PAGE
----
It will be interesting to see if the hops shortage will combine with what we may call "hop fatigue" to reduce the ever present call to the extreme. Have some invested too heavily in the concept of extreme as part of their branding to let this happen without a fight?

Paul of Kingston -

Again - it's a matter of personal taste right? I do enjoy a force 10 blast of citrusy boquet with a medium level of bittering. So all in all I tend to think more hops are better than less. A massive Thomas Hardy Ale at just under 12% has a time and place for me too.

However, and this is the real beauty of the beer experience, I was recently amazed at the fullness of of a semi-local mild ale weighing in at a miniature 3.5%ABV. I want more of this end of the spectrum.

I suppose my point here is that there is room for all and more on my fridge shelf and I think that it would be a bad thing if the craft brewing industry eroded the independance of their art by trend chasing.

Evan Rail -

Hear hear! I vote for Paul to have all these beers and more on his fridge shelf!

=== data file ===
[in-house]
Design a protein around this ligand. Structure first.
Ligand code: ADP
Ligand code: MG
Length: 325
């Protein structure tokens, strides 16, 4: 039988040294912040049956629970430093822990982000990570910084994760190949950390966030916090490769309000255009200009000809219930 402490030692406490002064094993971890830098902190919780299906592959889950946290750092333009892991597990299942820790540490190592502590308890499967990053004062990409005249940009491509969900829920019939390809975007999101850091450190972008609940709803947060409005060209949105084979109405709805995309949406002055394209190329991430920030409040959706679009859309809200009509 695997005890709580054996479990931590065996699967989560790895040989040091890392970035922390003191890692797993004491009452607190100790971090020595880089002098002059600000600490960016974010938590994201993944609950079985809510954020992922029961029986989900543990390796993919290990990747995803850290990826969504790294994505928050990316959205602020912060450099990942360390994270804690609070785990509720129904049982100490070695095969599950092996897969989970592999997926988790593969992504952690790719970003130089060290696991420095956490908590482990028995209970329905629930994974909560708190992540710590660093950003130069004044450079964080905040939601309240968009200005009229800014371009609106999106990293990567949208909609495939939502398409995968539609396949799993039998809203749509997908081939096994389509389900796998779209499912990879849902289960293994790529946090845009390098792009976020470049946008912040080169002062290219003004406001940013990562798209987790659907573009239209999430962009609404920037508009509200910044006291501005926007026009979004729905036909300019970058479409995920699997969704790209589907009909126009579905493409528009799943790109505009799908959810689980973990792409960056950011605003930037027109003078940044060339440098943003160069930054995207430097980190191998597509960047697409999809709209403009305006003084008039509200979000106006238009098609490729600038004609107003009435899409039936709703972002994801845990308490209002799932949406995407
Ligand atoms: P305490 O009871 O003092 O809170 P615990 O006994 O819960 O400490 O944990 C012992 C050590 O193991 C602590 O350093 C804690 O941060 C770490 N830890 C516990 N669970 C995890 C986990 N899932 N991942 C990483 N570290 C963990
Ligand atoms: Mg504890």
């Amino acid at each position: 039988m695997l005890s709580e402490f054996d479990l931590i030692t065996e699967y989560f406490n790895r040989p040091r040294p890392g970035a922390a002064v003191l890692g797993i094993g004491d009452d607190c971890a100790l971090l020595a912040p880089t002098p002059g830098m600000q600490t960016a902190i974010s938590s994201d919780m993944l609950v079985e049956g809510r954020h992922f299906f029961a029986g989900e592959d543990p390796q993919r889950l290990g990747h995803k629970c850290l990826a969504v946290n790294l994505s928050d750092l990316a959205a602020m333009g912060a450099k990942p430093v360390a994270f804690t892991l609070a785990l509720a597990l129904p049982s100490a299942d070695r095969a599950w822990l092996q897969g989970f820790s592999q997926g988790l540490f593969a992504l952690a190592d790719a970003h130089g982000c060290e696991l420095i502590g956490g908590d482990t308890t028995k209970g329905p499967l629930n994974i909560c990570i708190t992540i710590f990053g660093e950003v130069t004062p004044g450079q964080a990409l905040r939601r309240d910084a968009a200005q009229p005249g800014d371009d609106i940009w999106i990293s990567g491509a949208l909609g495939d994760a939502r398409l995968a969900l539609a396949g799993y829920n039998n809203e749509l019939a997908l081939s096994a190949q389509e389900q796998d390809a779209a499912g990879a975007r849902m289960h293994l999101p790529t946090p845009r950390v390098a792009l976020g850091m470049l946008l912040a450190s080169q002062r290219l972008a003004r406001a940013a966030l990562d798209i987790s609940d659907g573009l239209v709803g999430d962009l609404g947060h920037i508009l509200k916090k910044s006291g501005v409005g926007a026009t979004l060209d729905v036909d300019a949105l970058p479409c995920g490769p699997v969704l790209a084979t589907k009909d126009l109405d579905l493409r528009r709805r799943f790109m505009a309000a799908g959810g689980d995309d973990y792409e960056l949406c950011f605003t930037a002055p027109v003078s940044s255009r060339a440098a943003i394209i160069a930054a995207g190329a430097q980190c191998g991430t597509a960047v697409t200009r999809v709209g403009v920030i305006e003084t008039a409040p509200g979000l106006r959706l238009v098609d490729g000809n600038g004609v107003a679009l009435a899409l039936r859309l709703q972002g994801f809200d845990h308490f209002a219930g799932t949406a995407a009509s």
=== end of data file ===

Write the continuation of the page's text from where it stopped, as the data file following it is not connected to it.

Ron Patinson -

The year has started well. Loads of really nasty arguments on beer forums. Must be the hangover after christmas. I think I'll stay at home with my Brewers' Almanack. That never insults anyone.

Buttle -

It's all well and good to damn the debate and say to each his own, but I don't think anyone is truly arguing against this. With beer as with art, people are going to argue strongly for their tastes, and on internet forums, they will do so nastily.

The more beer you drink, the more you appreciate subtleties. Or is it the opposite: the more you drink, the more you need big hops to taste them (sort of like with spicy food)?

Alan -

Hemingway in the introduction to <i>Death in the Afternoon</i> said something like the second, something about that the things you love destroy your capacity to love them. That may be a bit dramatic. One of my favorite excess obsession moments was about 15 years ago in an interview on Morningside, a CBC radio show, Leonard Cohen admitted he ended a tour as he could not afford the wine as he needed to buy more and more expensive wine if he was going to be able to drink two or three bottles a day. He was up to a $3,000 a day habit.<p>It isn't the nastiness of the debate. It is the lack of understanding that the debate is an impossibility given, as you say, to each his own or as I would more put it - each is lost in his own.